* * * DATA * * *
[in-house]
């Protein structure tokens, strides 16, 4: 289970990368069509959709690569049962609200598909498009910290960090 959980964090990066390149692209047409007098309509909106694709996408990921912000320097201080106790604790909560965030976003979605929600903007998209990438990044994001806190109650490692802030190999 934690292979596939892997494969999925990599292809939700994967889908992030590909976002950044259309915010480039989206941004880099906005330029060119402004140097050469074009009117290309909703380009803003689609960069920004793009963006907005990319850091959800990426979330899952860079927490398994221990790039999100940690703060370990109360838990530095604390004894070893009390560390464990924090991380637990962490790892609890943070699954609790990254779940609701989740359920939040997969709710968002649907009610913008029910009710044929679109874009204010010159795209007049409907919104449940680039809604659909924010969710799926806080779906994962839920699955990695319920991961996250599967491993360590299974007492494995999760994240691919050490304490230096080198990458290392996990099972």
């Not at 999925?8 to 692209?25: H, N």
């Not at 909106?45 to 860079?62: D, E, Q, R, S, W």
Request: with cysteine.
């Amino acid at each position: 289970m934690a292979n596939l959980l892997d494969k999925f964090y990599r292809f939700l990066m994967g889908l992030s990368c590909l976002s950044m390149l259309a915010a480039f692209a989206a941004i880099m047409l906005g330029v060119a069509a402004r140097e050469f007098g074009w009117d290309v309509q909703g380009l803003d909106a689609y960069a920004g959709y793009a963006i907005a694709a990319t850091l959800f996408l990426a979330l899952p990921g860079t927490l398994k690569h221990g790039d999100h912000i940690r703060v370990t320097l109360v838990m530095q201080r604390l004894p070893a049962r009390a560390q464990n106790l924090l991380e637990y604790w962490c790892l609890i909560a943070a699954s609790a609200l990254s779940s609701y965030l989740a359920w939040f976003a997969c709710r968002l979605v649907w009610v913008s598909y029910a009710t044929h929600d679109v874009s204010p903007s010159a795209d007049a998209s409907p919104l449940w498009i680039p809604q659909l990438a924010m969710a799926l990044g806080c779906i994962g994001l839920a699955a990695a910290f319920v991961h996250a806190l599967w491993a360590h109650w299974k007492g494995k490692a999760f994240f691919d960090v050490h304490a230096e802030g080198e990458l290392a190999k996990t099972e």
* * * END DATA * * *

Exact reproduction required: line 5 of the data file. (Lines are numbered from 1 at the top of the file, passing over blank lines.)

Request: with cysteine.